The WALKER brothers were originally from Virginia, and when they came to Ohio were three in number. At their first settlement in the Miami Valley, near the mouth of the river, one of them was killed by the Indians. The perpetrators of the crime were not discovered until some years afterwards. It happened at a barn-raising near North Bend, in Hamilton County. The Indians were at this time on terms of comparative friendship with the whites. At this gathering of the people of the neighborhood, the Indian made it convenient to be present. In the drunken orgies which followed, they unsuspectingly told what a face Walker made and how he acted when he was killed. He was, they said, shot and then tomahawked. John and Joseph, after hearing the story, immediately left the raising for home. They secured their guns, and, while the Indians were leaving the country, dispatched two of them with balls from their rifles. It was said that these men avenged the death of their brother near the spot where he fell.

The killing of the Indians caused some measures to be taken for the arrest of the WALKERs. In order to escape, they came to the neighborhood of SYMMES's Corners, changed their name to WILSON instead of WALKER, and after a few months erected the houses we have described as now standing. Joseph WALKER's house is tolerably well preserved. These brothers had a fine hunting dog which they called WALKER. They were great hunters and took delight in the chase. After remaining in this neighborhood for a few years they returned again to their old name, by which they were known up to the time of their death. Their descendants are now no longer in this section.

Another village which has existed here for years is Furmandale, more commonly known by the name of Snaptown. It was formerly the seat of a large boarding-school, carried on by FURMAN, and at one time there was a distillery here. There is a union Sunday-school, presided over by Thomas SLADE.

The swampy region which lies south and east of Hamilton was for a long time a great injury to the surrounding country. This formed the head source of Mill Creek. Many years ago, however, under the direction of John W. ERWIN, ditches were dug, and the country drained, enhancing its value tenfold. Many ice-ponds are located in their neighborhood, and the cutting and sale of ice has cause the investment of much money.

The postmasters have been:
Symmes's Corners. -- Thomas R. WATERSON, April 10, 1843; Benjamin R. SYMMES, April 29, 1844. The name was changed to Union Corners May 31, 1861, and restored to SYMMES's Corners January 28, 1864. Robert H. COOK, January 28, 1864; Samuel KRIDER, January 8, 1866; John H. MESLER, January 11, 1869; John J. LINN, January 28, 1876; John BRINKMAN, December 11, 1876; Henry KEHUN, Aug 19, 1878.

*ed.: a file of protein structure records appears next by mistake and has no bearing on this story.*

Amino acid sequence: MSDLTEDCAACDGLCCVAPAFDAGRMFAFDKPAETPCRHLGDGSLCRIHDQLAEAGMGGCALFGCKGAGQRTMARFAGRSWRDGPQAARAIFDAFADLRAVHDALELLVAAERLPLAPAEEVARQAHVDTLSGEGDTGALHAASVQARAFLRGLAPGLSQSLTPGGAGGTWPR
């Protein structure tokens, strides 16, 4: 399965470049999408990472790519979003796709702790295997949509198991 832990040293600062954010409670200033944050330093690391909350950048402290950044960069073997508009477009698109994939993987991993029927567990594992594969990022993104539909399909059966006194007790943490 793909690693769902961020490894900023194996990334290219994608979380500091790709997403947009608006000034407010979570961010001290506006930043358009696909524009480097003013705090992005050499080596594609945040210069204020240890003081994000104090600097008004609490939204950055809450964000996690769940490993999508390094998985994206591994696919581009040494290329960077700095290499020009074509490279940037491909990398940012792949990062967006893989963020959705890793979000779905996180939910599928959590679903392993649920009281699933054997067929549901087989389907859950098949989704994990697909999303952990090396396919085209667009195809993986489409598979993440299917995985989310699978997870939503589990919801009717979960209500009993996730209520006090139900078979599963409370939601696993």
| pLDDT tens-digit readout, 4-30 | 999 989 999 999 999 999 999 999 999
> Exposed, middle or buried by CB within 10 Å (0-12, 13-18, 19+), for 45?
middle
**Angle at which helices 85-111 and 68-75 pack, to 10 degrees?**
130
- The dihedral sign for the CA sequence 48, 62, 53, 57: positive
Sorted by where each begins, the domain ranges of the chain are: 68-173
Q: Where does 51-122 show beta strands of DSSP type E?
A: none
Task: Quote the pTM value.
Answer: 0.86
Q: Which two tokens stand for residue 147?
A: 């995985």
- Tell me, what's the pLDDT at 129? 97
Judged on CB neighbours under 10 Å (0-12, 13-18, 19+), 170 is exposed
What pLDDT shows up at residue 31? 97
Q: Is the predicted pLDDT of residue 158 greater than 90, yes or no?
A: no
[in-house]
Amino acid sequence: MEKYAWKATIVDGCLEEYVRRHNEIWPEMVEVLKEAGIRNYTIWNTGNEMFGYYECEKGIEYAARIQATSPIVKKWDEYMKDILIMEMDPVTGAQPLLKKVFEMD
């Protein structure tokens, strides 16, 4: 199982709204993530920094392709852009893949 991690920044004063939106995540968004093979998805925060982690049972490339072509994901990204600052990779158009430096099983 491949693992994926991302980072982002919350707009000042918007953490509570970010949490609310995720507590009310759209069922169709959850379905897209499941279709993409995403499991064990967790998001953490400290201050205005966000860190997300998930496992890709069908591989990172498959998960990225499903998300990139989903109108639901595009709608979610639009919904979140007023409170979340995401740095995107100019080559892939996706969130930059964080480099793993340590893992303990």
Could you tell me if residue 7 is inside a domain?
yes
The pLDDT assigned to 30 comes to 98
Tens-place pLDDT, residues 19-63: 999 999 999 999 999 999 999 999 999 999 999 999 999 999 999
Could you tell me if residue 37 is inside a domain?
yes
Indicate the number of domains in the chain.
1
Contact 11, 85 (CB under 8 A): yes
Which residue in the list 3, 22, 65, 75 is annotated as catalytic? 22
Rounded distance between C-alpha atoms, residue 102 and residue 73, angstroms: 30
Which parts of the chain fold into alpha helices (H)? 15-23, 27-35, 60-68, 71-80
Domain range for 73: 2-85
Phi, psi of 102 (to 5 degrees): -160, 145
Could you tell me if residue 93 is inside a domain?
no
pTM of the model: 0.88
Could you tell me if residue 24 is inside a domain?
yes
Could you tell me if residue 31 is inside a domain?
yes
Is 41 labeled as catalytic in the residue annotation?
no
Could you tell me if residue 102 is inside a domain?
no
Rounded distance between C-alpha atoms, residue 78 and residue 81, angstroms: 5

Union Corners. -- Robert H. COOK, May 31, 1861.
Winton. -- Reuben T. BUTLER, March 14, 1850. Discontinued November 12, 1856.
Furmandale. -- Nathaniel FURMAN, December 12, 1857. Discontinued October 1, 1858.

The justices of the peace in Fairfield Township have been Celadon SYMMES, Jacob LEWIS, Isaac STANLEY, Joseph HUNTER, John VINNEDGE, Matthew HUESTON, John CASSIDAY, Joseph GASTON, James HEATON, William PATTON, Joseph LATTA, Samuel KENNEDY, Obadiah SCHENCK, Ezekiel McCONNELL, Dennis BALL, James O'CONNOR, John BURK, Jonathan PIERSON, Thomas MITCHELL, William HUNTER, Stephen MILLIKIN, Richard EASTON, Moore VINNEDGE, John HUNTER, Benjamin R. SYMMES, William SHEELEY, Jacob PIATTT, M. P. ALSTON, Milton COOPER.

Joseph Ewing McDONALD.
Joseph E. McDONALD, late Senator from IN, was born in Fairfield Twp., on the 29th of Aug 1819. His father, John McDONALD, was of Scotch extraction, a native of PA, & by occupation a farmer. He was a man of sterling worth, determined, industrious, & self-sacrificing. He died when his son was still in infancy. His mother, Eleanor (PIATT) McDONALD, was Pennsylvanian. Her ancestors were French Huguenots, who located first in NJ, & afterwards settled permanently in OH. She was a woman of superior order of intellect. She was a woman of refined tastes, a pleasant writer, &, for the amusement & advancement of her children, wrote many sketches & scraps of song. She & her husband were both earnest members of the United Presbyterian Church.

Several years after the death of John McDONALD she was married to John KERR, of Fairfield Twp. Mr. KERR was a native of Ireland, a frugal, industrious farmer always out of debt, a just & courteous neighbor, a firm but kind parent, & the father of 7 children, 4 sons & 3 daughters. He moved with his family to Montgomery Co., IN, in the Fall of 1826, entered land & opened a farm. He was a member of the Old School Presbyterian Church. He died in 1856.

Joseph was seven years old when, in 1826, his parents located in Montgomery Co., IN, then an almost unbroken forest. He remained on the place until the age of twelve, excepting two years spent at Crawfordsville attending school. Such spare time as he could command from his labors on the farm wa occupied in pursuing a course of study which aided much in laying the foundation for the eventful future in store for him. At an early age he conceived a strong love for the law, & when 10 years old he had determined upon making that profession his life work, at the cost of any personal hardship or sacrifice. In his twelfth year the ambitious aspirant for future honors at the bar became an apprentice at the saddler's trade at Lafayette, IN. In that capacity he served 5 years & 9 months, except three months spent in attending school. For fidelity to their interests his employers released him from the last three months of his apprenticeship, which time he spent in prosecuting his studies.